Tumbler Ridge is very optimistic about the government of BC?s Forest Revitalization Plan. After Tumbler Ridge?s only industry disappeared with the closure of the Quintette and Bullmoose coal mines, the town almost shut down too. But a whirlwind transition period that saw 70% of the town?s previously company-owned homes go up for sale, helped the town pay off its $9 million dollar debt and get back on its financial feet. But that was just the first step of the town?s transition plan. Council and new residents quickly realized that for the town to continue to survive, they would have to diversify its economy by identifying and pursuing opportunities in other industries.
The BC government has undertaken a number of changes to revitalize the forest industry across the province. One major change is a move away from the prescriptive nature of the Forest Practices Code to the results-based management system that will be incorporated under the Forest and Range Practices Act. Another change is the re-allocation of timber from major licensees to more community based, small tenure holders. This will see eight million cubic meters of wood re-allocated into community forest licenses, woodlots, salvage programs, BC Timber Sales, and First Nations. These types of tenure holders are more community-based; they hire locally, purchase locally, and support local communities. These new access points for entrepreneurs like horse loggers and salvage operators ensure a greater opportunity for them to access timber. ?By providing greater access to timber, people who want to invest in either the milling or value-added sector will now be able to secure timber either through direct involvement or purchase agreements with other harvest contractors,? said Blair Lekstrom, MLA for Peace River South.
Under the FRP, new opportunities will open up for communities and First Nations in the forestry industry. Tumbler Ridge has already applied for a share of the 2% of the 20% of logging rights that have been reallocated from major licensees to communities. ?Council and the McLeod Lake Indian Band submitted a letter on November 25, 2003 to the Ministry of Forests expressing our interest for the joint acquisition of secure forest tenure in the surrounding area. This tenure will be for local producers who currently have to import their lumber. We have already received a response to our letter from the government and we expect the Ministry of Forests to request a formal proposal from us some time this April,? said Ray Proulx, Economic Development Office of the District of Tumbler Ridge. Any tenure awarded to the DTR and the MLIB will be jointly administered by both parties.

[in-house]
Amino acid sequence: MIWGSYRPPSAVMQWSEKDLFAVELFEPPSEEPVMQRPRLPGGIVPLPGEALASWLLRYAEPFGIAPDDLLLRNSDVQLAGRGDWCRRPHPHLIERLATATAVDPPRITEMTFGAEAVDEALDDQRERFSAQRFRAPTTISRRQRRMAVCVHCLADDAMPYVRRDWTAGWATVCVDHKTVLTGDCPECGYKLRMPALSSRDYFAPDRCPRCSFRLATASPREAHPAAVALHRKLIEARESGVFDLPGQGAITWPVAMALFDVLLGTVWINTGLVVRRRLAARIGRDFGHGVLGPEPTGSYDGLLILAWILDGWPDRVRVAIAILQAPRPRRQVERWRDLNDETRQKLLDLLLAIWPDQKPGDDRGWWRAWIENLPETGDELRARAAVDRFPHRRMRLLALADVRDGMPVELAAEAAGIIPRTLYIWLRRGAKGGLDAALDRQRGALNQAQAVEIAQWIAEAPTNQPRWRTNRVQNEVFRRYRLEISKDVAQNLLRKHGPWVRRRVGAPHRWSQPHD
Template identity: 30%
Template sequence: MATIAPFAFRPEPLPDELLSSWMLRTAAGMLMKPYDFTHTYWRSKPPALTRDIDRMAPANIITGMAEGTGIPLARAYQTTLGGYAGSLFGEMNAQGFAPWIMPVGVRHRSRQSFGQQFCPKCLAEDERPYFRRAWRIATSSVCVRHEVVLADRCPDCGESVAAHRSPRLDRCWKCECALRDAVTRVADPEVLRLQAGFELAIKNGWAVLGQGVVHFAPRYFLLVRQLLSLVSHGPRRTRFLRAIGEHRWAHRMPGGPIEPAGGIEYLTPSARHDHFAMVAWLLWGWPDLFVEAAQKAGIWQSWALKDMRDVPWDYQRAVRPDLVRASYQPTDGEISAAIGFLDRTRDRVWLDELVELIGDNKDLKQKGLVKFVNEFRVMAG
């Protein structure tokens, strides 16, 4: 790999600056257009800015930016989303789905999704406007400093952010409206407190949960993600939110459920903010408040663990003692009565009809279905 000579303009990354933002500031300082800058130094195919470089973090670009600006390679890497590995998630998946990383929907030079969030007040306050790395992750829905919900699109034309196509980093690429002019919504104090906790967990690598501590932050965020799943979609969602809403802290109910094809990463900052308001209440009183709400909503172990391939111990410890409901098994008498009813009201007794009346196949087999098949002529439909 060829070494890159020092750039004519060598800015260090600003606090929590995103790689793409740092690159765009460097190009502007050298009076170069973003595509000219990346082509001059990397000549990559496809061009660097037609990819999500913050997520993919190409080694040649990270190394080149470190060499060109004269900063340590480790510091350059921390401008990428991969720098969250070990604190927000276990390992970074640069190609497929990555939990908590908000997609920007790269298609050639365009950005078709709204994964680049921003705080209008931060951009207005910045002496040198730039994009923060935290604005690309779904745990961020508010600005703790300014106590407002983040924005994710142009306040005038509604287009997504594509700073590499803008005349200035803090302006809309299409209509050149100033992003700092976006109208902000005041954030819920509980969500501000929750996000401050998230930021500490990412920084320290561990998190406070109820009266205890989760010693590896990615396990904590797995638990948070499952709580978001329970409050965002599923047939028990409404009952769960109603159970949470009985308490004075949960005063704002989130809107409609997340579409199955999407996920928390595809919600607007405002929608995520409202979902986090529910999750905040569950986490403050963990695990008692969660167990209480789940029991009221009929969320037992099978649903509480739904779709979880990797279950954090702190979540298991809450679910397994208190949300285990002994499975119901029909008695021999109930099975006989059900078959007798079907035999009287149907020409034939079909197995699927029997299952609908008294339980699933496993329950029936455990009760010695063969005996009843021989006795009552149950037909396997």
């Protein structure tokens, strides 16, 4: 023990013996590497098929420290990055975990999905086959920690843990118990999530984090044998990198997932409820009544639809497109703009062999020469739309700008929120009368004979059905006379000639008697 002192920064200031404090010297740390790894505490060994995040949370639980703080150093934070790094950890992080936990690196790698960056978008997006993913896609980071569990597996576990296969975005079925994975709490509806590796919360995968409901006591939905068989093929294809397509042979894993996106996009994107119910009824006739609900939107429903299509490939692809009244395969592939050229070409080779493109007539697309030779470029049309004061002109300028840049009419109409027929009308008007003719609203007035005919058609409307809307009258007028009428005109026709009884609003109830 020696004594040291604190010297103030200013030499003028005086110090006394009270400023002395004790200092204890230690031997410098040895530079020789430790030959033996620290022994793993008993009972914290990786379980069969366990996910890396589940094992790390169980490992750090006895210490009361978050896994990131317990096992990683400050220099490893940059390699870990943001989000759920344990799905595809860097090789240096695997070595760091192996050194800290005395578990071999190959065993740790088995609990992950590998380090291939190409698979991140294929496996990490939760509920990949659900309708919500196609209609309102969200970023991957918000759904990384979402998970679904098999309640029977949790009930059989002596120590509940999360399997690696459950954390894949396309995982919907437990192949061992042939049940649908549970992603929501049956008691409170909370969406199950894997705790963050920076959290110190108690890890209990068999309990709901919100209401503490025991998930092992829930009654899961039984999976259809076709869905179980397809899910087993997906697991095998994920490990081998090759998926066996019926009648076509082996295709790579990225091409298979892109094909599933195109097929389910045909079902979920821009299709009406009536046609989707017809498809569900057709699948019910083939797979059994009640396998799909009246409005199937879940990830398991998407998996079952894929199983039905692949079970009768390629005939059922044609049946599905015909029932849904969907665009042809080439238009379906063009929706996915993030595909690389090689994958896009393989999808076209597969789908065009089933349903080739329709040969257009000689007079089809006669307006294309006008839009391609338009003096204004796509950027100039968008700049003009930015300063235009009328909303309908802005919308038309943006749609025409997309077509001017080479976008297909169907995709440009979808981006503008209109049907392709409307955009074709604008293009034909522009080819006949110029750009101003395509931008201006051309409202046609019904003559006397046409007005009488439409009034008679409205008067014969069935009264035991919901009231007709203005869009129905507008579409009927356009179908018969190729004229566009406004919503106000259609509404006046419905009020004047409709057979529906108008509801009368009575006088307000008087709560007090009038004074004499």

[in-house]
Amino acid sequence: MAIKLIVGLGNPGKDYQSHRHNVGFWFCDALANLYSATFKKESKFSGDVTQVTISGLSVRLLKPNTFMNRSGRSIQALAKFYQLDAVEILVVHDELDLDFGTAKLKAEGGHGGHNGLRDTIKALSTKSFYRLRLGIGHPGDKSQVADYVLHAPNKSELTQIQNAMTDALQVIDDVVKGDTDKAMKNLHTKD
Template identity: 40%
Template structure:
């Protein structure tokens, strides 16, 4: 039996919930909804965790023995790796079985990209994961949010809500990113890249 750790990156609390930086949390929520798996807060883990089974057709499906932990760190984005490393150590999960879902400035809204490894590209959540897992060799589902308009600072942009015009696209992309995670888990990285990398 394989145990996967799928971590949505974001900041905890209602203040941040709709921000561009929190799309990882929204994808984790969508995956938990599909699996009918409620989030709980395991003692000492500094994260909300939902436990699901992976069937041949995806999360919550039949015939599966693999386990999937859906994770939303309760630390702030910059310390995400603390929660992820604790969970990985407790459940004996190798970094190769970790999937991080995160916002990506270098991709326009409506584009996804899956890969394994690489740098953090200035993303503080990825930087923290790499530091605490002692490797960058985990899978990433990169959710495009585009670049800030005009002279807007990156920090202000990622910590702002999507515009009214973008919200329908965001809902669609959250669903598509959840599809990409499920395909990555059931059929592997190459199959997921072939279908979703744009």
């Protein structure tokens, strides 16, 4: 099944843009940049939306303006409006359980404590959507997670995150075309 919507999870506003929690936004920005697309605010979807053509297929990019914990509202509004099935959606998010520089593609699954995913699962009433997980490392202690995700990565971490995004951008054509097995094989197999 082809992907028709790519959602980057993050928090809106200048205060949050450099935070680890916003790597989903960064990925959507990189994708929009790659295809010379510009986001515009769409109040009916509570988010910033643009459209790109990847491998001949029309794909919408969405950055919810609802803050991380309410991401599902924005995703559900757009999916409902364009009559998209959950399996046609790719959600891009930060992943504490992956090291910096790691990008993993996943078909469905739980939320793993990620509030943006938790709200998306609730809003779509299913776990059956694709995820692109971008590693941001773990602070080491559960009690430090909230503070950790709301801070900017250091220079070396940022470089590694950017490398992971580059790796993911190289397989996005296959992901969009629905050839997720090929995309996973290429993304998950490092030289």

On November 14, 2003, the District of Tumbler Ridge and the MLIB signed a ?Protocol on Working Relationship? agreement. This agreement was signed so both parties could ?commit to the sharing of information and business contacts for the purpose of establishing common business and employment opportunities for the members of the McLeod Lake Indian Band and the citizens of the District of Tumbler Ridge.? Proulx explains, ?This agreement was actually a separate issue from the MLIB and DTR?s submission of our letter of joint interest to the Ministry of Forests, although the timing has been perfect with the changes to the forest industry to put this agreement into practice,? said Proulx. Both parties view this document as a ?blanket agreement? for any potential opportunity that may arise in the area that both parties could work together on that would be a ?win-win? situation for both communities.